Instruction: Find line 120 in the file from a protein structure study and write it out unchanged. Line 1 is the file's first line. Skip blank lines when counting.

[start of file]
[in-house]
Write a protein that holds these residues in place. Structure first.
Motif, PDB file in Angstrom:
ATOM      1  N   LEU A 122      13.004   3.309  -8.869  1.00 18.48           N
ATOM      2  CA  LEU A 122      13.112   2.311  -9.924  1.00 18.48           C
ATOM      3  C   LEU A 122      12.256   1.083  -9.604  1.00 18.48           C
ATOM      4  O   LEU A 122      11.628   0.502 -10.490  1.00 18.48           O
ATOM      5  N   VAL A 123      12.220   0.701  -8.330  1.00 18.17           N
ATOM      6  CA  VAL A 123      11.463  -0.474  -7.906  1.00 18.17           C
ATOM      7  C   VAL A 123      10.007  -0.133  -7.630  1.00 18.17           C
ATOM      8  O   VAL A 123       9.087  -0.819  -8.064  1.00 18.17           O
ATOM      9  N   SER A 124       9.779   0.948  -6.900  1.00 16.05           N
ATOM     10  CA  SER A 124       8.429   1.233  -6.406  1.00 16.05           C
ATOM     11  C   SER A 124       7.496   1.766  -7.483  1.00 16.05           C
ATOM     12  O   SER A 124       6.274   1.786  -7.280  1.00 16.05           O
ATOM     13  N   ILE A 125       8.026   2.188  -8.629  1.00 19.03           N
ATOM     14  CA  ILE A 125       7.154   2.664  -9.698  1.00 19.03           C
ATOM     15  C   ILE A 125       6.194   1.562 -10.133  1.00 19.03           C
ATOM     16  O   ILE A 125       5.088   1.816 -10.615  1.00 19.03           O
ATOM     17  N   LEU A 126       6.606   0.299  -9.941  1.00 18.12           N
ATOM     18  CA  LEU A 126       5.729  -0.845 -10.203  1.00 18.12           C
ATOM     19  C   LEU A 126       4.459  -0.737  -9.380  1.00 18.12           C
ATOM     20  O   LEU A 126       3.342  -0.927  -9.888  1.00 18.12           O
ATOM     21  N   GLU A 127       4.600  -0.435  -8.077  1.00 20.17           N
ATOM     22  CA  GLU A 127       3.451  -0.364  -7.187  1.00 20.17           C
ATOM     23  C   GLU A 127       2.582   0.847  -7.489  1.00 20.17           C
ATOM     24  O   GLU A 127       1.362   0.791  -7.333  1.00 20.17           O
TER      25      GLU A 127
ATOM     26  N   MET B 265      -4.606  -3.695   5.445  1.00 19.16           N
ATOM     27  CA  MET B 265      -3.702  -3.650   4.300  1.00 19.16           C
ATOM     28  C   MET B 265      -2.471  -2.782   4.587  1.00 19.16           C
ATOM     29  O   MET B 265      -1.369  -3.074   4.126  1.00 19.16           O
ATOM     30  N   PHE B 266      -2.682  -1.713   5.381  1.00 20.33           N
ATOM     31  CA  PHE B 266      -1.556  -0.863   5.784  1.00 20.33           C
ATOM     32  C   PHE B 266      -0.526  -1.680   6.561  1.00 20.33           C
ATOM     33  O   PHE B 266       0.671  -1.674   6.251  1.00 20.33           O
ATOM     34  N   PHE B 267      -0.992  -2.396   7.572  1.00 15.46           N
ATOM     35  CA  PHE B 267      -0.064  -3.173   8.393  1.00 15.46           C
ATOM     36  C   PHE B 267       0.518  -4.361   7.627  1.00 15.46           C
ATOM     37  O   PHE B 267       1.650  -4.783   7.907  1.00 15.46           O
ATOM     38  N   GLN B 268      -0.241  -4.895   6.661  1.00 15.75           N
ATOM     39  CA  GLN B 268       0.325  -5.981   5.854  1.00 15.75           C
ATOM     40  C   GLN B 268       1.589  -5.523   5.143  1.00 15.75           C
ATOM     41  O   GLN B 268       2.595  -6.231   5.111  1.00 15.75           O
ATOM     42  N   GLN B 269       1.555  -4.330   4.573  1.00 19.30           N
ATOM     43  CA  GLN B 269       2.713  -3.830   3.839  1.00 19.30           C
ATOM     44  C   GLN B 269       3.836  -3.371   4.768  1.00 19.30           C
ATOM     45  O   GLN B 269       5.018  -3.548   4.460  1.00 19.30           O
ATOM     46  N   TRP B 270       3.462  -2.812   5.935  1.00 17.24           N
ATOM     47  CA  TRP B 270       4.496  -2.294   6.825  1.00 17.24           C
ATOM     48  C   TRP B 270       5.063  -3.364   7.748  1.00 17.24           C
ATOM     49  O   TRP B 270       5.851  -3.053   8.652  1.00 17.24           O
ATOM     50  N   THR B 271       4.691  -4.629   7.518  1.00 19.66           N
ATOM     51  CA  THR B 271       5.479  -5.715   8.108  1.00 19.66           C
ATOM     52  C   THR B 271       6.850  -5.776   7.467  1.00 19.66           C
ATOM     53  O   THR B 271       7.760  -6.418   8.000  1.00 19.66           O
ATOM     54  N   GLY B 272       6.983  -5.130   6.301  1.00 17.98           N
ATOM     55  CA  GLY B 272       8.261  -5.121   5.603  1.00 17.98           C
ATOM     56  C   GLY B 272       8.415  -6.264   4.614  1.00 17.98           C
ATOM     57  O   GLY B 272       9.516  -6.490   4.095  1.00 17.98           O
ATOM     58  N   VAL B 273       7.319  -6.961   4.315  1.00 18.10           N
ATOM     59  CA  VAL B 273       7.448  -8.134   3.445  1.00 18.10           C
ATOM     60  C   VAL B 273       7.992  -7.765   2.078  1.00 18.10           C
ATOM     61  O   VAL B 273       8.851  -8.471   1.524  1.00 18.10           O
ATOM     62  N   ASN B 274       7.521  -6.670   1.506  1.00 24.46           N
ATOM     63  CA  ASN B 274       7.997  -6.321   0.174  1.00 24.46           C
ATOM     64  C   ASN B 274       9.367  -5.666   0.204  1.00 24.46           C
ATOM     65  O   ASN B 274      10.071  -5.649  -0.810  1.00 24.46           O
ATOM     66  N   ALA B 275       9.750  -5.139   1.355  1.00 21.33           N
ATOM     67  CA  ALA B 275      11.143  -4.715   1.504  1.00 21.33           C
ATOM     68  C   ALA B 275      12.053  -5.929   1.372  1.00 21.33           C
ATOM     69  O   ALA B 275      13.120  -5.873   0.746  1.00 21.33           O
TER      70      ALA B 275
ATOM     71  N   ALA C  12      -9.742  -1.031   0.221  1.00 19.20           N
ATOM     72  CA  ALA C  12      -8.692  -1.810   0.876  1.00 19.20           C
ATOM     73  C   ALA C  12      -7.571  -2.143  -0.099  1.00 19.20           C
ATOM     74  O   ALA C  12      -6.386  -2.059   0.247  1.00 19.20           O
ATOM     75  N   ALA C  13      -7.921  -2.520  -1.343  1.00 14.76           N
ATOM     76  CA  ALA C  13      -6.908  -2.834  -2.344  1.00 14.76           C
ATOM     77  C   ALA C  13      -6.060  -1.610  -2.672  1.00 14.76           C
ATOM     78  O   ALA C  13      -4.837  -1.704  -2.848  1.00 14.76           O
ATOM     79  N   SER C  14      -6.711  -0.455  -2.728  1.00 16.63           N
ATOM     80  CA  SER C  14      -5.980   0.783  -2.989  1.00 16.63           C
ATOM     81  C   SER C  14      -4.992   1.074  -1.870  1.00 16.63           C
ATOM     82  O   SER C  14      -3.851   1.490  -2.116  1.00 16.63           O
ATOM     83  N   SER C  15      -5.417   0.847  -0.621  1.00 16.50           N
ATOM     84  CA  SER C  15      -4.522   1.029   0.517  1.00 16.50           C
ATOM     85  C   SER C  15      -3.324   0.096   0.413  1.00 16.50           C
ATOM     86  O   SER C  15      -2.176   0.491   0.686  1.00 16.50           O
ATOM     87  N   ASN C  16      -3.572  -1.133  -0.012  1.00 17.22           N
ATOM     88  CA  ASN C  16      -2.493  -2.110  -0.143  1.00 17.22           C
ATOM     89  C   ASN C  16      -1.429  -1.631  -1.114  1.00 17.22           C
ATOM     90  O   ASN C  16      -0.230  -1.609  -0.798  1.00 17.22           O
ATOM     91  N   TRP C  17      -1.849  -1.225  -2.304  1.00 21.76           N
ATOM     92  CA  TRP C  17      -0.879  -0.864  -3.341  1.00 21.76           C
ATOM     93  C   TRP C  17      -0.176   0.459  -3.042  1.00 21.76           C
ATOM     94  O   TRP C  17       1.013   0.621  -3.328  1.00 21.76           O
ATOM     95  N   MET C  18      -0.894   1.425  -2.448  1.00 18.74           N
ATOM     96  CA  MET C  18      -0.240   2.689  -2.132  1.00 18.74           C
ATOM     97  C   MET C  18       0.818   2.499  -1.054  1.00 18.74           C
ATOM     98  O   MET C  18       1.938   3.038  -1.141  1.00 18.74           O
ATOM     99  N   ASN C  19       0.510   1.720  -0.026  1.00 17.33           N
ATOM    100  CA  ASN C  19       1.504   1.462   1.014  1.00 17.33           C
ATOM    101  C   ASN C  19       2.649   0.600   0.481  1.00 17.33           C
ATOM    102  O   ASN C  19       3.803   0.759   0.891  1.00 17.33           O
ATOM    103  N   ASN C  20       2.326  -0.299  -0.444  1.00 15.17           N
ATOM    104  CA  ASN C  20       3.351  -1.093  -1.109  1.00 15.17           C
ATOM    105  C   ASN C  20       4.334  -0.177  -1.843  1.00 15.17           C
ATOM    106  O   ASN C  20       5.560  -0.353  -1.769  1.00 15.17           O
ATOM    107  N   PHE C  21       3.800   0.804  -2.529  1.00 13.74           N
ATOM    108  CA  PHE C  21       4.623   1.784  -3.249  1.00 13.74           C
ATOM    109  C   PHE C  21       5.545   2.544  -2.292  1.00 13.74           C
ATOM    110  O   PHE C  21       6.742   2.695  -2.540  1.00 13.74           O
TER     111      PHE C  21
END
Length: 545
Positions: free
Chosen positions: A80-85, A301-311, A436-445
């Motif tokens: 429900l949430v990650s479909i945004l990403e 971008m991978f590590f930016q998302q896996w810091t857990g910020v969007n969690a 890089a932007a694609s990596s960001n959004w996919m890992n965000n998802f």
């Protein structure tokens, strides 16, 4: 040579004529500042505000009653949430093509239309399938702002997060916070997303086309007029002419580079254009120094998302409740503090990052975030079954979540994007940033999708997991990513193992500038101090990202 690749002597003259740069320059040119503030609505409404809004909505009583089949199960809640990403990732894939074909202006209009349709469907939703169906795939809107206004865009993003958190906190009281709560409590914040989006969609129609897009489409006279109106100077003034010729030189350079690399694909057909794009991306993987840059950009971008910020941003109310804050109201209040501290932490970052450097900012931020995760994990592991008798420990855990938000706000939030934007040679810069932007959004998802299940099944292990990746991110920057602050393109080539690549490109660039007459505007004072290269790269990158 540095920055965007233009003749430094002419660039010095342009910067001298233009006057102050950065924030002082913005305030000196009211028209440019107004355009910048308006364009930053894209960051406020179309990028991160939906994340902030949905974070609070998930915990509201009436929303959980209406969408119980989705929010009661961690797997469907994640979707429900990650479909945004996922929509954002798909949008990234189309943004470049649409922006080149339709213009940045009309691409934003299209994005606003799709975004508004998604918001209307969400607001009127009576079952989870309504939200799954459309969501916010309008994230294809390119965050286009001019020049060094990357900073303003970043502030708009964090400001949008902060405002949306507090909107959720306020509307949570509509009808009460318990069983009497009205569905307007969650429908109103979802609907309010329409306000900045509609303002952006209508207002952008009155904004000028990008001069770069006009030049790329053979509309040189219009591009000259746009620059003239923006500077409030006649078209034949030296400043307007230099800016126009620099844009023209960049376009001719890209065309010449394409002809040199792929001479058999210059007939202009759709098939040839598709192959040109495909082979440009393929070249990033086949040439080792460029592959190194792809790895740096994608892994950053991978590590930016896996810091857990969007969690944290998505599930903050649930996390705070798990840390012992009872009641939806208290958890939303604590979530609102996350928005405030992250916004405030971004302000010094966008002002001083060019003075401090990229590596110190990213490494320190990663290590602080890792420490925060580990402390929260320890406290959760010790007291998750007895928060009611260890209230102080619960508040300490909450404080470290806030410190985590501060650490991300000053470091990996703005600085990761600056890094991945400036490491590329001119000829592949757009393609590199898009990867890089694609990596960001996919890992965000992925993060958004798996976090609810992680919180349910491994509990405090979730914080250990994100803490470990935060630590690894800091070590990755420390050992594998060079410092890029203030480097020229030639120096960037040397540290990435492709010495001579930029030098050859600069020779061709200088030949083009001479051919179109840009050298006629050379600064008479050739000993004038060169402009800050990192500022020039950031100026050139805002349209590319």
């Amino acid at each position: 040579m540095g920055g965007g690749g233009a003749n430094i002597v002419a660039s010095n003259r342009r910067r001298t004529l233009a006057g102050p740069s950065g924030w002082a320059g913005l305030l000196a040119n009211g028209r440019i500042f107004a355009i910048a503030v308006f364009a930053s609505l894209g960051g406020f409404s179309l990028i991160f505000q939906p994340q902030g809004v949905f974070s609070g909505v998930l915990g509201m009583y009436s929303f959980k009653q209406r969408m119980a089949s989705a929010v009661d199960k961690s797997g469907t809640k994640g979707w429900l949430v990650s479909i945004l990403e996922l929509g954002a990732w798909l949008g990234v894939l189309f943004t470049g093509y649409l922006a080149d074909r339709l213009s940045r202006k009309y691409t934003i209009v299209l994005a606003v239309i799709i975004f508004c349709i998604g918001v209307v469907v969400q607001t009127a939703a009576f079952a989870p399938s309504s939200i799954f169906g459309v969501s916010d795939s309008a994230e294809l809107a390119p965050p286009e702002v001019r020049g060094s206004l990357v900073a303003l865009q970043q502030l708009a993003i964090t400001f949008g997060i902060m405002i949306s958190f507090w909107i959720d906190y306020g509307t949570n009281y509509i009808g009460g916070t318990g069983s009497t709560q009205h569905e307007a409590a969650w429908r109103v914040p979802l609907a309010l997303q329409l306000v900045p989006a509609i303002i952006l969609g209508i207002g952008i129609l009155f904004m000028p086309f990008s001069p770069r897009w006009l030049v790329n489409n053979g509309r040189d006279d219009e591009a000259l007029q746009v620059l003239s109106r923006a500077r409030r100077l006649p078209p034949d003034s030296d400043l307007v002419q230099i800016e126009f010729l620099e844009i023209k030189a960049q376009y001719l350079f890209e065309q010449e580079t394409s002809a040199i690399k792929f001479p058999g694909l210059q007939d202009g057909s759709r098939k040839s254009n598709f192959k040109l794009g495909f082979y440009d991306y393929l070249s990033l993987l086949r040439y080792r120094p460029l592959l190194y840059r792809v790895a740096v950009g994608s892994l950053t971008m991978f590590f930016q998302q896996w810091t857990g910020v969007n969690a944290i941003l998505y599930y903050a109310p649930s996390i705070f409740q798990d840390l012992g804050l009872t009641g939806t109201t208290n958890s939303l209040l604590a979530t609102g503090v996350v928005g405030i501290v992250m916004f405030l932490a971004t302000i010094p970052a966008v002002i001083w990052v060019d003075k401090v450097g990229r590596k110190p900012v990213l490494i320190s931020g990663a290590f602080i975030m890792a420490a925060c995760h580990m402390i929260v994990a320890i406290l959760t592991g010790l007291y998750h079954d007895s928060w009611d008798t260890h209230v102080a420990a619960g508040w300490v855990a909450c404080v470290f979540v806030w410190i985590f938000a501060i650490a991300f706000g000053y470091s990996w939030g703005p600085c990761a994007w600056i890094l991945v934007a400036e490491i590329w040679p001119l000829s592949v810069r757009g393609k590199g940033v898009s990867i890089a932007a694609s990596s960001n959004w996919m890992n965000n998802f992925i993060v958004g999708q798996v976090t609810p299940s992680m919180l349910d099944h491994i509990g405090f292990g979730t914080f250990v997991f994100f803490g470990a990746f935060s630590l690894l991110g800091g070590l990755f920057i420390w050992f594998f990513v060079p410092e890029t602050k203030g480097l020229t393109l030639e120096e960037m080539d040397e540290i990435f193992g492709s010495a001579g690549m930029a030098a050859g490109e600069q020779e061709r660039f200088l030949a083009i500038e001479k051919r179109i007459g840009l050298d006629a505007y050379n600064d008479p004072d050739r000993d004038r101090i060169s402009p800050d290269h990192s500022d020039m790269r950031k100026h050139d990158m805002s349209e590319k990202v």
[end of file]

């Protein structure tokens, strides 16, 4: 040579004529500042505000009653949430093509239309399938702002997060916070997303086309007029002419580079254009120094998302409740503090990052975030079954979540994007940033999708997991990513193992500038101090990202 690749002597003259740069320059040119503030609505409404809004909505009583089949199960809640990403990732894939074909202006209009349709469907939703169906795939809107206004865009993003958190906190009281709560409590914040989006969609129609897009489409006279109106100077003034010729030189350079690399694909057909794009991306993987840059950009971008910020941003109310804050109201209040501290932490970052450097900012931020995760994990592991008798420990855990938000706000939030934007040679810069932007959004998802299940099944292990990746991110920057602050393109080539690549490109660039007459505007004072290269790269990158 540095920055965007233009003749430094002419660039010095342009910067001298233009006057102050950065924030002082913005305030000196009211028209440019107004355009910048308006364009930053894209960051406020179309990028991160939906994340902030949905974070609070998930915990509201009436929303959980209406969408119980989705929010009661961690797997469907994640979707429900990650479909945004996922929509954002798909949008990234189309943004470049649409922006080149339709213009940045009309691409934003299209994005606003799709975004508004998604918001209307969400607001009127009576079952989870309504939200799954459309969501916010309008994230294809390119965050286009001019020049060094990357900073303003970043502030708009964090400001949008902060405002949306507090909107959720306020509307949570509509009808009460318990069983009497009205569905307007969650429908109103979802609907309010329409306000900045509609303002952006209508207002952008009155904004000028990008001069770069006009030049790329053979509309040189219009591009000259746009620059003239923006500077409030006649078209034949030296400043307007230099800016126009620099844009023209960049376009001719890209065309010449394409002809040199792929001479058999210059007939202009759709098939040839598709192959040109495909082979440009393929070249990033086949040439080792460029592959190194792809790895740096994608892994950053991978590590930016896996810091857990969007969690944290998505599930903050649930996390705070798990840390012992009872009641939806208290958890939303604590979530609102996350928005405030992250916004405030971004302000010094966008002002001083060019003075401090990229590596110190990213490494320190990663290590602080890792420490925060580990402390929260320890406290959760010790007291998750007895928060009611260890209230102080619960508040300490909450404080470290806030410190985590501060650490991300000053470091990996703005600085990761600056890094991945400036490491590329001119000829592949757009393609590199898009990867890089694609990596960001996919890992965000992925993060958004798996976090609810992680919180349910491994509990405090979730914080250990994100803490470990935060630590690894800091070590990755420390050992594998060079410092890029203030480097020229030639120096960037040397540290990435492709010495001579930029030098050859600069020779061709200088030949083009001479051919179109840009050298006629050379600064008479050739000993004038060169402009800050990192500022020039950031100026050139805002349209590319």